Living life to the fullest even with Sickle Cell Disease

“You can’t imagine it unless you’re actually dealing with it.”

Sherrell Johnson was diagnosed with Sickle Cell disease at 6 months old, a blood disorder that affects about 100,000 people in the United States- most of which are of African descent. But before the diagnosis, her mother faced months of a screaming, crying baby that doctors dismissed as being just that- a fussy baby.

After more medical visits, it was determined that she had Sickle Cell, a disease that causes red blood cells to harden and form a C-shape (like a sickle). When hardened, the cells can get caught in blood vessels and cause serious complications for patients. These complications can include severe pain called a “pain crisis,” respiratory conditions, organ failure and even stroke.

Even with the diagnosis, Sherrell’s mother didn’t know much about Sickle Cell disease and her daughter faced a childhood full of being in and out of the hospital as the family tried to care for Sherrell as best as they could with the limited information available to them.

Originally from Chicago, Sherrell attended Western Illinois University for college and remembers a particularly cold day when she was in so much pain she couldn’t make it to the dorm dining hall and ended up back in the hospital where she was misdiagnosed with bronchitis. For the rest of her college career, Sherrell found herself being hospitalized about once a semester.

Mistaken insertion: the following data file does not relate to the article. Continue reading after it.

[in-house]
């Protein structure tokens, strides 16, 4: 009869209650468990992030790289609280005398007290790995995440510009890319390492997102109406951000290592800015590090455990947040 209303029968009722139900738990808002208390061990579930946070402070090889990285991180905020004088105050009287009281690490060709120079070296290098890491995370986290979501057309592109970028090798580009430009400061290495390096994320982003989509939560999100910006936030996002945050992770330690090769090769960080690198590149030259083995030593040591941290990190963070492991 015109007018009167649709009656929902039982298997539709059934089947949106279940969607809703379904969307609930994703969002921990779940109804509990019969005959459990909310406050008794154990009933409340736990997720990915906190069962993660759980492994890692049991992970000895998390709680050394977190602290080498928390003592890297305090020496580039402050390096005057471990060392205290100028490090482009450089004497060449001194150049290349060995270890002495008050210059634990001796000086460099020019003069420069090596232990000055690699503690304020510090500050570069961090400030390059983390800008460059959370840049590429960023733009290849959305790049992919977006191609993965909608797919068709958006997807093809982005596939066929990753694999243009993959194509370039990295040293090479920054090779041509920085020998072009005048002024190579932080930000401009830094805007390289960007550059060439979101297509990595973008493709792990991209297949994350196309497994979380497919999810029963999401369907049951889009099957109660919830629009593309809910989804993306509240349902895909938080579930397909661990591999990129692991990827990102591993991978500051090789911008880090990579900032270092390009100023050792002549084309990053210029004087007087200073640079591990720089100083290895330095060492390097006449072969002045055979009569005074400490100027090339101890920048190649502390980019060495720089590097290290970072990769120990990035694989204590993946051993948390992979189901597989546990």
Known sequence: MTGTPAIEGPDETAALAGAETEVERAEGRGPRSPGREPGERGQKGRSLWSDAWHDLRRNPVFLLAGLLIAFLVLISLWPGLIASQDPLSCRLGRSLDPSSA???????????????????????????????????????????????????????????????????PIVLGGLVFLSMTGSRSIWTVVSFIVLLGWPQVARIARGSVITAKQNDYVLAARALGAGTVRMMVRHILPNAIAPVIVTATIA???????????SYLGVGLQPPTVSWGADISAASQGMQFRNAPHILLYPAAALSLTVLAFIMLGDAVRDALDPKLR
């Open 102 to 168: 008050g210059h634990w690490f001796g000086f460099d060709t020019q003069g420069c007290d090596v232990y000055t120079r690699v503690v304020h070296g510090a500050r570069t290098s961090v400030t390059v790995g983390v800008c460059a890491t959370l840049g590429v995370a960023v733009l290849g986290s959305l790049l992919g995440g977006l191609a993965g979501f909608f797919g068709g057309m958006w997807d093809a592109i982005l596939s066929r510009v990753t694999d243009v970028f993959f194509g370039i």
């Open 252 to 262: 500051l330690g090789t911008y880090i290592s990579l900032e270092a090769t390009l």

There is no widely used cure for sickle cell disease. However, the Red Cross supports one of the most critical Sickle Cell treatments of all – blood transfusions. It was during college that she started having more frequent blood transfusions to help ease the tremendous pain caused by Sickle Cell.

In her junior year of college, a bone infection forced her to temporarily use a wheelchair and triggered even more pain crises. At this point, Sherrell was getting transfused every single month and continues to get transfusions today. Living with Sickle Cell has made nearly every aspect of her life more challenging and prevented her from doing some things she loves, like traveling.

Through the ups and downs of having Sickle Cell, Sherrell has had to learn how to carry on with her life in spite of the pain she’s feeling. This was especially difficult while working in the retail industry with long hours on her feet and doing very physical work. At the onset of the COVID-19 pandemic, she faced more misunderstanding from her peers and colleagues and had a rough turn with the virus when she caught it herself, being already immunocompromised. Even with Sickle Cell holding her back, she’s proud of what she’s accomplished in her life already and continues to work to raise awareness about the disease through her own brand, Sickle Cell Diva.